The second school essentially holds that by throwing multiple disparate items into the mixing bowl of such rating scales or checklists, we potentially penalize studies for design aspects that in actual fact do not affect the veracity of their findings (Higgins & Green, 2011, chapter 8). Proponents of this thinking state that in a systematic review we have to investigate the potential impact of each research design element individually and make decisions on the basis of the findings. Do randomized clinical trials (in intervention research) on average report a smaller effect size than observational studies? Then we should not give much weight to the observational studies. Does blinding of the clinician seem to make no difference for the effect size reported? Then for the outcomes of relevance in this particular review, the issue of clinician blinding can presumably be disregarded.
Both schools of thought have pros and cons. To evaluate the distortive effect of individual design elements, one needs a fairly large number of studies and has to assume (or even better, demonstrate) that there is no association between the presence of one design element and that of the next. The association between blinding the clinician and blinding the patient has to be essentially zero, or else any effect-size difference associated with clinician blinding might be partly if not entirely due to patient blinding. The only way around that is meta-regression, which requires an even larger number of primary studies. The rating-scale approach is limited by the assumption (made in all scales I am aware of) that all elements (random allocation, concealment, blinding, etc.) are equally important and that addition (the mainstay of traditional psychometric instruments) is the appropriate model for combining them (Nunnally & Bernstein, 1994; Streiner & Norman, 2003).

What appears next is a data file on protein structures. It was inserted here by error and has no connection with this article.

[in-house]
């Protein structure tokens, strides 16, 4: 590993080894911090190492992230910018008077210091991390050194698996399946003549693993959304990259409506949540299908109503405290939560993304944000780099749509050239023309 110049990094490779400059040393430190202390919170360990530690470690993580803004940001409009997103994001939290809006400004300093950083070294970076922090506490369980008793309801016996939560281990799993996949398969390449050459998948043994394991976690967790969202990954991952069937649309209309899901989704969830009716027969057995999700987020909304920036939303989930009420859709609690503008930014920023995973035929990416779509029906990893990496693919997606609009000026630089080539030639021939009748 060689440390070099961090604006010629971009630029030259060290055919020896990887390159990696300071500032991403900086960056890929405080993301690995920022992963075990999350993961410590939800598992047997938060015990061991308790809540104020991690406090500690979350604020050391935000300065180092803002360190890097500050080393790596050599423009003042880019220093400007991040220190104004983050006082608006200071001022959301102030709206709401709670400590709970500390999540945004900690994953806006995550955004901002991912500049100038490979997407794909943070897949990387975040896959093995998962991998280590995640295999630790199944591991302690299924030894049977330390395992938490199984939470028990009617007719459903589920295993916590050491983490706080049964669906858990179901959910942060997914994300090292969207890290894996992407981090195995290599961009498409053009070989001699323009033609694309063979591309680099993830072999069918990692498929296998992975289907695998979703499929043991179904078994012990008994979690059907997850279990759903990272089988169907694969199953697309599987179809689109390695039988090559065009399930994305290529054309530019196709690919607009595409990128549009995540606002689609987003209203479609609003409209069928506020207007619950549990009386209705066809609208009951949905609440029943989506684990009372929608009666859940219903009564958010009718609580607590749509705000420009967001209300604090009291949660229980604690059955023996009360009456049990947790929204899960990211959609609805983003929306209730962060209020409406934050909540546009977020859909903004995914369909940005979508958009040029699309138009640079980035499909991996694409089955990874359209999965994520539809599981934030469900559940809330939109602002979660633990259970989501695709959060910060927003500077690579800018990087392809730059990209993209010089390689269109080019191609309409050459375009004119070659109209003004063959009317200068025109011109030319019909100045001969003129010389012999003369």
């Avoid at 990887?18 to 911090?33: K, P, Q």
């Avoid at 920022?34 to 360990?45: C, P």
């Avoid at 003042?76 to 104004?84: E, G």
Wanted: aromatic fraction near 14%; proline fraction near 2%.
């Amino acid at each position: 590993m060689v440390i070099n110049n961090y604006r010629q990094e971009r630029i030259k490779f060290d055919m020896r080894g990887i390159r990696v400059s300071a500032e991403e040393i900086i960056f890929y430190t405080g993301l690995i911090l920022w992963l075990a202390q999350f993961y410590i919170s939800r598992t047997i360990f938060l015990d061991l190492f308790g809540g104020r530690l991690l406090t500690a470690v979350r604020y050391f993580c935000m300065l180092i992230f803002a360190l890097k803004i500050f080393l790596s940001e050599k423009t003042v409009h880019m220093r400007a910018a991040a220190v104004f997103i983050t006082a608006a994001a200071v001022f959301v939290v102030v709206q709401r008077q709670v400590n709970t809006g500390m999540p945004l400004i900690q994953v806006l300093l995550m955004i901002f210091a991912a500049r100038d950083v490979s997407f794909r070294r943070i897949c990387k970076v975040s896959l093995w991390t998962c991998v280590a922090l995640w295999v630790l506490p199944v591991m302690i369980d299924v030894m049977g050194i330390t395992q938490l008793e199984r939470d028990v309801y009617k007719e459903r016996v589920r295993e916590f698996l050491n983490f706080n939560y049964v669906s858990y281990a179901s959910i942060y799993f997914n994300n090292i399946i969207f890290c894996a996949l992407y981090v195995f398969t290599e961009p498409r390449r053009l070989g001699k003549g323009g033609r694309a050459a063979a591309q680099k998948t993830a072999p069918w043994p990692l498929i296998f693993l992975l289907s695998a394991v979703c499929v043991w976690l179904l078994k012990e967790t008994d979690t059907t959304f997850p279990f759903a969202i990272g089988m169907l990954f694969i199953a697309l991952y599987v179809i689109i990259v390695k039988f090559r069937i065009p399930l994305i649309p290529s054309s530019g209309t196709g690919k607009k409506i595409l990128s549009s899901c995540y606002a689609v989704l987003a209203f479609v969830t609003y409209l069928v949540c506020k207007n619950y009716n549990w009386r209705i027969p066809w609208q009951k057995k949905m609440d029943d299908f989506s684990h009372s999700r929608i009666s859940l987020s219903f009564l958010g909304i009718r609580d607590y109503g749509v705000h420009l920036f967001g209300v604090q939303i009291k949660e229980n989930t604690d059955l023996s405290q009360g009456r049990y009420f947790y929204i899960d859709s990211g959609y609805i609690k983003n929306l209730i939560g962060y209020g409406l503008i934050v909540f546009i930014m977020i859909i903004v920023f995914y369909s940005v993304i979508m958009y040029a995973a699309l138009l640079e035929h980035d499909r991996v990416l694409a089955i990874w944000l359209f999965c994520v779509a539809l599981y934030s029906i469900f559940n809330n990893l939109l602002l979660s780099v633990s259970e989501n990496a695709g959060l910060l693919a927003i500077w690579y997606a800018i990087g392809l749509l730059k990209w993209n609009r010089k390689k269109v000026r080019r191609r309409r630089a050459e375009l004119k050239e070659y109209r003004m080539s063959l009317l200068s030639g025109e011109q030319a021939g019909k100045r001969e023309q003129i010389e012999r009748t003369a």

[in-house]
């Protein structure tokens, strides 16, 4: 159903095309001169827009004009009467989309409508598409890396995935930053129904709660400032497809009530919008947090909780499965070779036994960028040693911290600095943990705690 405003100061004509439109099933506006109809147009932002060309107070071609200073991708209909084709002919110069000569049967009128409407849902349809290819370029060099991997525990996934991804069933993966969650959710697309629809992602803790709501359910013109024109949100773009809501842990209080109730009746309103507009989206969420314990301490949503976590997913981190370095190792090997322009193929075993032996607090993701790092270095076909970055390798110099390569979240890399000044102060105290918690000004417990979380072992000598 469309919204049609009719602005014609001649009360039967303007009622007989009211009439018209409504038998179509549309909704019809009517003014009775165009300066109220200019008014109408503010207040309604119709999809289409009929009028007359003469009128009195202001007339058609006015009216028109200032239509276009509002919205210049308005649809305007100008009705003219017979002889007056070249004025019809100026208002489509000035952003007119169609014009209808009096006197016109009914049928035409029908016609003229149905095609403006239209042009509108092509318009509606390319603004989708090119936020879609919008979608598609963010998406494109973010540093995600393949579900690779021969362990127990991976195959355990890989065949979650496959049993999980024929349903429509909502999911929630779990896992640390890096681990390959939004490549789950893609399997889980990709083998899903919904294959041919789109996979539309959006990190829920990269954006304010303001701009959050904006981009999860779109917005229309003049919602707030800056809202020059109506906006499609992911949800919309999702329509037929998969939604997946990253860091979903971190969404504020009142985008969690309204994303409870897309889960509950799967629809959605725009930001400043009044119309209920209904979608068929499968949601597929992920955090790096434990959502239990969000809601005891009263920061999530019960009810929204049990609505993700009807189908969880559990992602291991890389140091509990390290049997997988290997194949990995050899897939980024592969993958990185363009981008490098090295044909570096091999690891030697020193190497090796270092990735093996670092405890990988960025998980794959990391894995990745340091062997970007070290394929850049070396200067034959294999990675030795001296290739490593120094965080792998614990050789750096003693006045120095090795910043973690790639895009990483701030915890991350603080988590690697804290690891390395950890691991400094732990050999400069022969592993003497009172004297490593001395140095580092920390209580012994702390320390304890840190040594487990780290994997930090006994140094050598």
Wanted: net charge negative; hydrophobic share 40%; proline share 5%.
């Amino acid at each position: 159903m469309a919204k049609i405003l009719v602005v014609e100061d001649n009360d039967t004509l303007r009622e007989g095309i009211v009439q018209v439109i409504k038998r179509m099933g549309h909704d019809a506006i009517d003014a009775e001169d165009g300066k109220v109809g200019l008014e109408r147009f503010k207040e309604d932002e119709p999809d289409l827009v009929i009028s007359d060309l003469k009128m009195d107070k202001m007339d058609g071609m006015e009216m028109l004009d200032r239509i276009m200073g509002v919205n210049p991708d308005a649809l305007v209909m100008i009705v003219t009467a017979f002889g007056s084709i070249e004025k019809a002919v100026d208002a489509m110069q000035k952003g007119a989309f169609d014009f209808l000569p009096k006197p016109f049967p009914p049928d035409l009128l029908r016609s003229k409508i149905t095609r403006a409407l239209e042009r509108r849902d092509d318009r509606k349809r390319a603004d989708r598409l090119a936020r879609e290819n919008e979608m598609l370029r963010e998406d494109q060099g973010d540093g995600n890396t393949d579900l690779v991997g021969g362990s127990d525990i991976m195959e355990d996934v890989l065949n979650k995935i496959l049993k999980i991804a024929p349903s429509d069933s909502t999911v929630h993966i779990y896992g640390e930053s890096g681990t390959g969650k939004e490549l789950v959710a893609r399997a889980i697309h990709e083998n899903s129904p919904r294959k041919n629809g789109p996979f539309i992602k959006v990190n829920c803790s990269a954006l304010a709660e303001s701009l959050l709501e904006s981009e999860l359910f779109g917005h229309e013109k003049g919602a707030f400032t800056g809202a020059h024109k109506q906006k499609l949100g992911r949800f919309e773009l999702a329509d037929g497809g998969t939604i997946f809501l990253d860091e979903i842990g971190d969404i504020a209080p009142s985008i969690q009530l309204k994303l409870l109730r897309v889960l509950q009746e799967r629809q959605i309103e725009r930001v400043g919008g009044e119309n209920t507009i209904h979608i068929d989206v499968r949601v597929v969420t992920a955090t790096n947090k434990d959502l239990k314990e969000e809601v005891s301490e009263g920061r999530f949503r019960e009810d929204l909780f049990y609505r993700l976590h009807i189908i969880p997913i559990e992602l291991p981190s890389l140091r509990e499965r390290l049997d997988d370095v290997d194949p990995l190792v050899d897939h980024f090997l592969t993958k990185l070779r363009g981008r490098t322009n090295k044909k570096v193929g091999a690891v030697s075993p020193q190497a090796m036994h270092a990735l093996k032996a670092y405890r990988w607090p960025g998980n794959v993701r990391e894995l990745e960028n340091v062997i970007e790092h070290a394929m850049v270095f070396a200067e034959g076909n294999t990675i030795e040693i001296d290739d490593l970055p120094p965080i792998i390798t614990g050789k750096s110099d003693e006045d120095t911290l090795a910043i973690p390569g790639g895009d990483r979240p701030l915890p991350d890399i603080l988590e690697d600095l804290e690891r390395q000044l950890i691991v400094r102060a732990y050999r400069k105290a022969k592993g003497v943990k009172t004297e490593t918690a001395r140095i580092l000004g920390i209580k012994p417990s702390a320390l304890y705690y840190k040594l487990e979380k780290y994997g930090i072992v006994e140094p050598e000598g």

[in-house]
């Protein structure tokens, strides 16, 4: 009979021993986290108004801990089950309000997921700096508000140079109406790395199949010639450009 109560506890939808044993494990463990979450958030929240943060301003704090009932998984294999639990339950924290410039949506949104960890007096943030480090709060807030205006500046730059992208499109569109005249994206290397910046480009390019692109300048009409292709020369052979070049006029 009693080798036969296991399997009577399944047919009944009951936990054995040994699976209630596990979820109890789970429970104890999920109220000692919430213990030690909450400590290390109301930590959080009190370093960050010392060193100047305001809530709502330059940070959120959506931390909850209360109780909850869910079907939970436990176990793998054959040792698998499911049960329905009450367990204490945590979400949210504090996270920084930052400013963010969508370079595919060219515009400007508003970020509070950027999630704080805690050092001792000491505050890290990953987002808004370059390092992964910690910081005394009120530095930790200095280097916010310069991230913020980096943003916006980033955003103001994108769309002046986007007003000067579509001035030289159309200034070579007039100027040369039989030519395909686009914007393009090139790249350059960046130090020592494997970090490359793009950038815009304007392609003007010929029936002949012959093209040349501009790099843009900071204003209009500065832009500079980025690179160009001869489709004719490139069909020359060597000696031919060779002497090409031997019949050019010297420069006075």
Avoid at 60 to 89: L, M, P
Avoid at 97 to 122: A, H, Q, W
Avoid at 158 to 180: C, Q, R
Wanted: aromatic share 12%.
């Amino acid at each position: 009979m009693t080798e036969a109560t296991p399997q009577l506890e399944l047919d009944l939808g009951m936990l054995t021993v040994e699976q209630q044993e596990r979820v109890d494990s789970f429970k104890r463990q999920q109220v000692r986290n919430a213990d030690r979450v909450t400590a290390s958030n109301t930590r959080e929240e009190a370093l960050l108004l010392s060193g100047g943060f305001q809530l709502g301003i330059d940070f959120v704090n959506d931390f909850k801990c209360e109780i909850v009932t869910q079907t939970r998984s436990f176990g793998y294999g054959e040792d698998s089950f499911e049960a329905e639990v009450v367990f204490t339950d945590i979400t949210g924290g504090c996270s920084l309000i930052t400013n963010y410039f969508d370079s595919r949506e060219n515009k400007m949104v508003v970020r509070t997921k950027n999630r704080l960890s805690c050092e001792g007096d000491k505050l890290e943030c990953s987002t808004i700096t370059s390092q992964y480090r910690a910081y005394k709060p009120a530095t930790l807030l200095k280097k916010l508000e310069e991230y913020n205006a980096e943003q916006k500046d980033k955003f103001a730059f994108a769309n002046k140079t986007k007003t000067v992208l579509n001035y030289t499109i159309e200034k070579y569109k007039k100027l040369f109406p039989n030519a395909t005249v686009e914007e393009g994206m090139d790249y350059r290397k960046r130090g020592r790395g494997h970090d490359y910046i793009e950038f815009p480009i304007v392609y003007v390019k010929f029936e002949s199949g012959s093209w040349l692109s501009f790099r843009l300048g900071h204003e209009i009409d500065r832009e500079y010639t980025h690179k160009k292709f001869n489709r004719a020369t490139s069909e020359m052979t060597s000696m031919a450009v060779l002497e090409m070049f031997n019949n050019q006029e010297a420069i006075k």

These thoughts came to mind when recently colleagues and I started a systematic review of the incidence and prevalence of enduring medical conditions in the chronic phase after the onset of moderate-to-severe traumatic brain injury (TBI). Systematic reviews of incidence and prevalence studies are not very common; systematic reviewers have focused on intervention research, with diagnostic and prognostic studies in a distant second and third place. In fact, a quick PubMed search performed in mid-November 2016 showed that there were 60,184 papers with “systematic review” in the title, only 1,702 of which (2.8%) also had “prevalence” or “incidence” in the title. (Among the latter, 117, or 6.9%, concerned disability or rehabilitation.) A more careful search in multiple databases might shift that percentage somewhat, but likely not by much.
Our issue was, What criteria do we use to evaluate the quality of the primary studies of incidence and prevalence? A fairly extensive search of the literature did not produce much in the nature of quality measures for the type of epidemiological research we planned to summarize. Most leads that emerged were dead ends: “critical appraisal” tools published or posted by various EBP or evidence based medicine (EBM) organizations. The problem is that these were developed for intervention research and have nothing specific to say about epidemiological research. Even the ones for cohort studies were not of use, because they looked at the study designs as observational studies of interventions and worried mostly about confounding. The same can be said about, for example, the well-known Downs and Black (1998) scale: a good instrument to dissect the quality of studies focused on intervention or causality in general, but offering limited applicability in our case.